Reclaiming our Land book review

A book review of Rob Gibson’s ‘Reclaiming our Land’ *, by Malcolm Kerr.

Scotland is recognised as having one of the most concentrated patterns of land ownership in the developed world. Less than 500 individuals own half of our privately-owned rural land, and 750,000 acres of this may be owned by companies registered in offshore tax havens. This pattern, on Arran – ‘Scotland in Miniature’ – is responsible ultimately for relative economic stagnation, environmental degradation, over-dependence on tourism, and a lack of any diversity of affordable housing for islanders.

Land-owners as a class, of course, have been writing the law regarding land-ownership, in their own interests, for centuries. It is widely held however that an important key to releasing Scotland’s economic potential lies in land reform to bring the Scottish position closer to situation found in most normal western democracies. The Scottish Parliament has consequently focused on a practical approach to progressive change.

A former MSP, from 2003 to 2016, Rob Gibson delves into land reform to embrace the idea that to succeed, first you must remember what has created the problem, then re-vision the possibilities for change, and finally reclaim the land for the people who live here.
Rob was a student campaigner for crofting and land reform. Decades later he was elected to the Scottish Parliament. There he helped make far-reaching land reform laws. Along the way he took part in many of the formative events and debates in Scotland’s land reform journey.

Rob campaigned while a student at university in Dundee (1968-73). He helped plan a historic demonstration at Strollamus near Broadford (Skye) in 1972, aiding local crofters to face down a new antagonistic landlord.
The 1970s saw policy debates in hopes of establishing the Scottish Assembly, which was to be stillborn. Thereafter the 1980s and 1990s saw various campaigns recalling past struggles such as the Battle of the Braes (Skye), the formation of the Highland Land League, and in 1991 commemoration of the 1948 Knoydart Land Raid.

Elected to Ross & Cromarty District Council in 1988 until 1996, Rob pursued land and housing issues there and collaborated with land campaigners. His role as a volunteer SNP environment and land reform spokesman for the SNP ended with the election of the new Scottish Parliament in 1999.

In 2003 he was elected SNP MSP for Highlands and Islands, and re-elected in 2007. He went on to win the constituency of Caithness, Sutherland and Ross in 2011 and was appointed convener of the Rural Affairs, Climate Change and Environment Committee. He was deeply involved in the development of the 2016 Land Reform Bill.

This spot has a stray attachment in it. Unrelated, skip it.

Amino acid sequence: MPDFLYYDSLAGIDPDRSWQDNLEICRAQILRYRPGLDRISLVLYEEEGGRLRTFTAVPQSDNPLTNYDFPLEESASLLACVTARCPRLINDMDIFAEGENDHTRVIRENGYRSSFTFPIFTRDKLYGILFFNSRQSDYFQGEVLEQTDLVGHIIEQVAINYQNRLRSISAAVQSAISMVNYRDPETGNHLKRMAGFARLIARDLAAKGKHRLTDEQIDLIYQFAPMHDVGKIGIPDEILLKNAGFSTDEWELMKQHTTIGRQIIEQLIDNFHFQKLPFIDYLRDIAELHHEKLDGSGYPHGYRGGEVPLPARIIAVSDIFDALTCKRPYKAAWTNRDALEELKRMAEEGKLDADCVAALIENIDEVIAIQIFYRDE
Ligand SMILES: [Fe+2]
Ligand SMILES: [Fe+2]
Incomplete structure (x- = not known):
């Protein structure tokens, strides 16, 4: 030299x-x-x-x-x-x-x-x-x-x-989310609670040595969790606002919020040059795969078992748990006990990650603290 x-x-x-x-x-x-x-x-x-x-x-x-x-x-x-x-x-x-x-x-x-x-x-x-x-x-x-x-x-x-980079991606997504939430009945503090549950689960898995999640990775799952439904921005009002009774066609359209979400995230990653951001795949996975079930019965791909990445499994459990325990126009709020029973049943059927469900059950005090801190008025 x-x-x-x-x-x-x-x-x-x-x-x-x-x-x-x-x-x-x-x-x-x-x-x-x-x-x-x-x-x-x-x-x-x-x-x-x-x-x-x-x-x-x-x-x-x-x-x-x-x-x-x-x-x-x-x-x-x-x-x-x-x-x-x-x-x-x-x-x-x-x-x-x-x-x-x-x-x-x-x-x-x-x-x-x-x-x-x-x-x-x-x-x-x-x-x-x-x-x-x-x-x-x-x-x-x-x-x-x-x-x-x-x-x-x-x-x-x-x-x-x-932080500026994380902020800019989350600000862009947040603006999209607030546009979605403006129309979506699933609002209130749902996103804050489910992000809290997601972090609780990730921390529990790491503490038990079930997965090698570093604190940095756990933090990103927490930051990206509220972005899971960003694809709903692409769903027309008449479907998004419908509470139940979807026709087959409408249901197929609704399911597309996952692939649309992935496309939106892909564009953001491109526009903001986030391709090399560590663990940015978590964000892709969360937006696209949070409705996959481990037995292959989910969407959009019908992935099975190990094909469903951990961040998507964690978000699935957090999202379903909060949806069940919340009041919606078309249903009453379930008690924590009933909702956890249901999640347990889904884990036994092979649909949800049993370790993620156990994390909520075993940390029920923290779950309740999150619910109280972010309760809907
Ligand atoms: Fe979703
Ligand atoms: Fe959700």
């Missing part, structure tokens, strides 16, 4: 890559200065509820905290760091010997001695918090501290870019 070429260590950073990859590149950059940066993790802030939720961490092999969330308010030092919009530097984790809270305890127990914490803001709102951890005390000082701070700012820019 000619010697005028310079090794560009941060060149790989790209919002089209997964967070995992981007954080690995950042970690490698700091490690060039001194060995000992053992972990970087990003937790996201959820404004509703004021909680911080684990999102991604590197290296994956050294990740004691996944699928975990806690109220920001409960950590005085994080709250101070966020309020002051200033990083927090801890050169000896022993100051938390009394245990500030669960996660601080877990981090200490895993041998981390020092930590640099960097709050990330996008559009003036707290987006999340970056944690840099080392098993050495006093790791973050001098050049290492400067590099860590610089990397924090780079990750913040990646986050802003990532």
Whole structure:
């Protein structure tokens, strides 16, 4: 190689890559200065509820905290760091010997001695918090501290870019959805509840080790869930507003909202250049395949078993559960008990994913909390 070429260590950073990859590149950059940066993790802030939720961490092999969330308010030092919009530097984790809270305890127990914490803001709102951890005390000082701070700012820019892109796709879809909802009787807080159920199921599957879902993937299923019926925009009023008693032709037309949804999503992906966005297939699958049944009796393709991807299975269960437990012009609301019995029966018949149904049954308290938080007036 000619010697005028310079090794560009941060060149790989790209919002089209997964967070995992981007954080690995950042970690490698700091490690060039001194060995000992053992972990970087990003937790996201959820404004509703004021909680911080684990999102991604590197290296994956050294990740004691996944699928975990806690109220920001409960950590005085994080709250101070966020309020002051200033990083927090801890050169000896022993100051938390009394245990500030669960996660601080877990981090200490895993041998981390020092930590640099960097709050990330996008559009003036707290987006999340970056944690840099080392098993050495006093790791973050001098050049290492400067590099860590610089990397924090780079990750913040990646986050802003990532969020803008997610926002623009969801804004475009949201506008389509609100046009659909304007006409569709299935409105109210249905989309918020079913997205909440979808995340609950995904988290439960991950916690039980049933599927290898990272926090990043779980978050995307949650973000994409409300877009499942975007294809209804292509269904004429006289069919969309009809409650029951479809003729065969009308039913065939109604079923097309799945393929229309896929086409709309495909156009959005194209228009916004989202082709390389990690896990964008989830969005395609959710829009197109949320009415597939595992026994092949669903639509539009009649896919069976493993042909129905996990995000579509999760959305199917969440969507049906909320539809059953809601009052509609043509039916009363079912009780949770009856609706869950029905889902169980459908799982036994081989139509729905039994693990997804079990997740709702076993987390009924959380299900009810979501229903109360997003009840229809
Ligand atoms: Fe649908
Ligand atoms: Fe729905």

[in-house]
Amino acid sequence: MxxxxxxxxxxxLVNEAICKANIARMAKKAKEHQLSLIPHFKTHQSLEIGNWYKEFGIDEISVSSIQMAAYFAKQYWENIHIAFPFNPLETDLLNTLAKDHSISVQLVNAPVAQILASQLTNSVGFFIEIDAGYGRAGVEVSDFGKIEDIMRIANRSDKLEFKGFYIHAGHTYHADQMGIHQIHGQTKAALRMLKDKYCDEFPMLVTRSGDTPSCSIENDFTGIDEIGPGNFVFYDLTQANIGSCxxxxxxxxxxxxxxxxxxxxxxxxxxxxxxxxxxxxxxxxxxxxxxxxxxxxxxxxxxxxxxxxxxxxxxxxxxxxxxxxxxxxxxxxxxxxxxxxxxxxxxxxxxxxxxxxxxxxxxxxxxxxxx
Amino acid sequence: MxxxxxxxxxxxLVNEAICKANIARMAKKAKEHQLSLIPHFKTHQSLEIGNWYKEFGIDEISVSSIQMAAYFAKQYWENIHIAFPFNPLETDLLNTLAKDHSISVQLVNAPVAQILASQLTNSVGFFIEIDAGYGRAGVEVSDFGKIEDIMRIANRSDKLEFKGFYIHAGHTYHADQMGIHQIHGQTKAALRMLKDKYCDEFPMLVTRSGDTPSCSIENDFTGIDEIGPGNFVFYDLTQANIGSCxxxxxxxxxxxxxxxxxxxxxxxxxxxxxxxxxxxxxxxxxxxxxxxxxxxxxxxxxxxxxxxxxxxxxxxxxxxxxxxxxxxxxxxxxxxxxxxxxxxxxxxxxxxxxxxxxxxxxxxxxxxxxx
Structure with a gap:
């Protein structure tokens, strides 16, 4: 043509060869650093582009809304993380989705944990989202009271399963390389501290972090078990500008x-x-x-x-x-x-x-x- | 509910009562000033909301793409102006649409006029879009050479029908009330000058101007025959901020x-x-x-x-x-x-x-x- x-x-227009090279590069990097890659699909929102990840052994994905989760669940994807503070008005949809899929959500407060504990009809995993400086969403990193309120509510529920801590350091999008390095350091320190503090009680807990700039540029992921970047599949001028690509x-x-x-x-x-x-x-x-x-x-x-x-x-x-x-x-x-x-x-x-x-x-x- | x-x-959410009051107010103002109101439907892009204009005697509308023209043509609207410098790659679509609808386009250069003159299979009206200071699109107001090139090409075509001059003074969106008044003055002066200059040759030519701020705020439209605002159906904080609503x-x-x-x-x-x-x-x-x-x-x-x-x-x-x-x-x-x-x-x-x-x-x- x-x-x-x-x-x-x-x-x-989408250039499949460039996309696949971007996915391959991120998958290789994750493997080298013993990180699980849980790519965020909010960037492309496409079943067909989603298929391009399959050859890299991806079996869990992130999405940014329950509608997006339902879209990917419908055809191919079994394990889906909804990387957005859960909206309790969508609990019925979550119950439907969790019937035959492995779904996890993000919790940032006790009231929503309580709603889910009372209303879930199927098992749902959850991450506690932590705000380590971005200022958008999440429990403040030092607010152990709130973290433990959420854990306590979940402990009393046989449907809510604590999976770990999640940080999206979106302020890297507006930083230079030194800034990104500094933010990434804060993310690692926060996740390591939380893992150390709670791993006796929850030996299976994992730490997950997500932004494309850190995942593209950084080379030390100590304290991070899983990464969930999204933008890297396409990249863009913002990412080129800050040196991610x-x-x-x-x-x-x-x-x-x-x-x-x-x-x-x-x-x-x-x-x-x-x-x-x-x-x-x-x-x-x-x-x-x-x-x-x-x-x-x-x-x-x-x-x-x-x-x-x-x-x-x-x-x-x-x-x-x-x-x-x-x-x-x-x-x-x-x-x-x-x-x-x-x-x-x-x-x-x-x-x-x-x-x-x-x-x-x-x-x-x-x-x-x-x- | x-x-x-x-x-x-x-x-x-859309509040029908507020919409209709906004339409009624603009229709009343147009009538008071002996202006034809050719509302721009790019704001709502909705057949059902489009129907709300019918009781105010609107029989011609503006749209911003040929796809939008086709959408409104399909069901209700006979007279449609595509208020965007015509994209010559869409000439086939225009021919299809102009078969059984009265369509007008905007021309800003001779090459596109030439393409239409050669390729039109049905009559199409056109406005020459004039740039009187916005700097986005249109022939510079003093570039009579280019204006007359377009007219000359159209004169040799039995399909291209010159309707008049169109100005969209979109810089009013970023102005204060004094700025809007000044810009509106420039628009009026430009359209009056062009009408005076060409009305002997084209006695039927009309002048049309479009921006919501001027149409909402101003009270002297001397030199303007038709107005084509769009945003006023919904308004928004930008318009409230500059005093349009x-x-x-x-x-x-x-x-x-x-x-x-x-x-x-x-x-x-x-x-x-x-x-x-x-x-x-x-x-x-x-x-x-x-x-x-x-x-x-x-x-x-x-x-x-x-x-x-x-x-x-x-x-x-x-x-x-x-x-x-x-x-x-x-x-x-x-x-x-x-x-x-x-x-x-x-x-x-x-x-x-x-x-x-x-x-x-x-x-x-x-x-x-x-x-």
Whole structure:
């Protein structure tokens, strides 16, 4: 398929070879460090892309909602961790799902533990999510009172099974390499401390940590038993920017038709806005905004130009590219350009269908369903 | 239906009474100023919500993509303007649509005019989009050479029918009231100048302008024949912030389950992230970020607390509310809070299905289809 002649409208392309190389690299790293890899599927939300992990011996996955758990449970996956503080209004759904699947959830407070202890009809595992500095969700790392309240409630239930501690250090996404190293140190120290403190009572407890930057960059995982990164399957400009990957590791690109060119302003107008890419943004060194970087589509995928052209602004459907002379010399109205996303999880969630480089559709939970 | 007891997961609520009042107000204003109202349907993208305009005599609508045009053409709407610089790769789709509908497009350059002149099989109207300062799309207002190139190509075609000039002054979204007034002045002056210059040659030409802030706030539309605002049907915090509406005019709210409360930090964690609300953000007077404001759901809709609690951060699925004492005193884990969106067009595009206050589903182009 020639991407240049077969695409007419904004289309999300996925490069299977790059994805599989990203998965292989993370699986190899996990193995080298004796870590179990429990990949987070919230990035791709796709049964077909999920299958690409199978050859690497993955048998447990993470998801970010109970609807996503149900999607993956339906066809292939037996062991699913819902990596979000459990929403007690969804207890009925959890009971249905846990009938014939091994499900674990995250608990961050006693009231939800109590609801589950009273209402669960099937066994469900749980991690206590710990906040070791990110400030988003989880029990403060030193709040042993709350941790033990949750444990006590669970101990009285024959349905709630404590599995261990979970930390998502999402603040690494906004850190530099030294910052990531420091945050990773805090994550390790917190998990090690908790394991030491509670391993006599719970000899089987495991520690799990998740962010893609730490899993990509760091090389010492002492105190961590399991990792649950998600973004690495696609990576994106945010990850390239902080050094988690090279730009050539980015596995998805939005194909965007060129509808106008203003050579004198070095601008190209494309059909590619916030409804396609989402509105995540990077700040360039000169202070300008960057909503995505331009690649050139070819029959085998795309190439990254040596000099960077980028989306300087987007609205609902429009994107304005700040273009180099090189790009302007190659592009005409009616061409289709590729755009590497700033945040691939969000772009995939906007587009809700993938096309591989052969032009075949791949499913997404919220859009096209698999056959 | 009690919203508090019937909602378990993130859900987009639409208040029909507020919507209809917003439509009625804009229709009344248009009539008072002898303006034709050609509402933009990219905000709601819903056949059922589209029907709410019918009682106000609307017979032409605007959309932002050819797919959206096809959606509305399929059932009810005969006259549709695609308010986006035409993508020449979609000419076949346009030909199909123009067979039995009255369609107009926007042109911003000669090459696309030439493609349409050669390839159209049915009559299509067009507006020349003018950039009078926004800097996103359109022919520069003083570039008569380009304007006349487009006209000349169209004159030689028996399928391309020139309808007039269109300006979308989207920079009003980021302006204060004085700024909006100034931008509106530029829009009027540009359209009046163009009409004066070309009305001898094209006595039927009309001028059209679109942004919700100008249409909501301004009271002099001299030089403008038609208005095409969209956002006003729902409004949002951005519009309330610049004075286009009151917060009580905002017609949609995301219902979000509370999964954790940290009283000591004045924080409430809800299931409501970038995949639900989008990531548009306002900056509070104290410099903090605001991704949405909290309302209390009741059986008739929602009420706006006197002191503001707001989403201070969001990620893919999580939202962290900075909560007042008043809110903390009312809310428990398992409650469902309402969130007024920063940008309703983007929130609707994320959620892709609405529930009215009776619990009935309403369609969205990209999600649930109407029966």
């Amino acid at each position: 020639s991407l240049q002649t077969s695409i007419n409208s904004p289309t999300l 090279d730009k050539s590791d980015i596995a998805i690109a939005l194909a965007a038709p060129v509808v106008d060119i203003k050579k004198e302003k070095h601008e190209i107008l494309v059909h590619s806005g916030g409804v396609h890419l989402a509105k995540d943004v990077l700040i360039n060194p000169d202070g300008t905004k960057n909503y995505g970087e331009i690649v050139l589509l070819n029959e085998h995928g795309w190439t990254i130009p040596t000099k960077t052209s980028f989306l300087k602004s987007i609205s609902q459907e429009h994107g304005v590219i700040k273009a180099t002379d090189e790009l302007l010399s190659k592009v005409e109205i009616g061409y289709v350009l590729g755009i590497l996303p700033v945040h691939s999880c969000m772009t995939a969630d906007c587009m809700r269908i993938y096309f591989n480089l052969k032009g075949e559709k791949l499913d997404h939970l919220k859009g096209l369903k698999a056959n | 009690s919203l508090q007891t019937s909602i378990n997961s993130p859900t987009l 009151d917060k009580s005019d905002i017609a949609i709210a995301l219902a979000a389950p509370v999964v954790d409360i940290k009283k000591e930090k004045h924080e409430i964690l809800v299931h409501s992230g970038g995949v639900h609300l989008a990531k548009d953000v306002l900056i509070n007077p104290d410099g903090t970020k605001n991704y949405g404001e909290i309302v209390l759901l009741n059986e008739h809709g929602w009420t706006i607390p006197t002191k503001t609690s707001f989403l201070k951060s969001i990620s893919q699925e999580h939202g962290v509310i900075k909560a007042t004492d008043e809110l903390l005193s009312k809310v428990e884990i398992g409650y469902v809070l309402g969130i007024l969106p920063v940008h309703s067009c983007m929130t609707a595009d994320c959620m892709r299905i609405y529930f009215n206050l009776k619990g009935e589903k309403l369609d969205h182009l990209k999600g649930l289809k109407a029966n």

During those years Rob won best politician in The Scottish Green Energy Awards 2012 and politician of the year in The Nature of Scotland Awards 2013. These accolades recognised his leading role in two inter-related fields.
Memoirs of former MSPs are few and far between, and this makes the story, focusing primarily on land issues, especially interesting. If you want to hear about what has been achieved in this area, and about the many and varied obstacles to change, this is a good read, and not to be missed.

Nationally, all the important stepping stones along the route over the last five decades are referenced, by someone who was ‘right in there’, in the thick of it.

There are some intriguing Arran connections too. Rob is a nephew of the late Dora Purdie of Barnhill, and spent holidays at Strathwhillan in his youth. There is reference to the seminal study of the Arran population commissioned by the Arran Council for Social Service in 1967. Some of the background which led to Arran’s exclusion from the Crofting Legislation (in the 1880s), deer management on Arran, and protection of the Arran Whitebeams at Glen Diobhan also feature. Our larger land-owners are name-checked, in context. Oh, and there’s a picture of our very own Howard Wood!

Rob says “I was determined to see more diverse land ownership and sustainable energy uses that empower local communities. To that end, my involvement in land reform issues continues since my retirement from Holyrood in 2016. This book reflects on these decades of homing in on our goal.”


* ’Reclaiming Our Land’ by Rob Gibson
Published by Highland Heritage Educational Trust, (HHET) c/o Gibson, Tir nan Oran, 8 Culcairn Road, Evanton, Dingwall IV16 9YT. Email

Paperback, 324 pages include land reform timeline, references, 20+ illustrations and full index.
Price: £11.99 + £2.00 postage per copy. Available from the Book and Card Centre in Brodick, or by post directly from the above address.

Malcolm Kerr
28th June 2021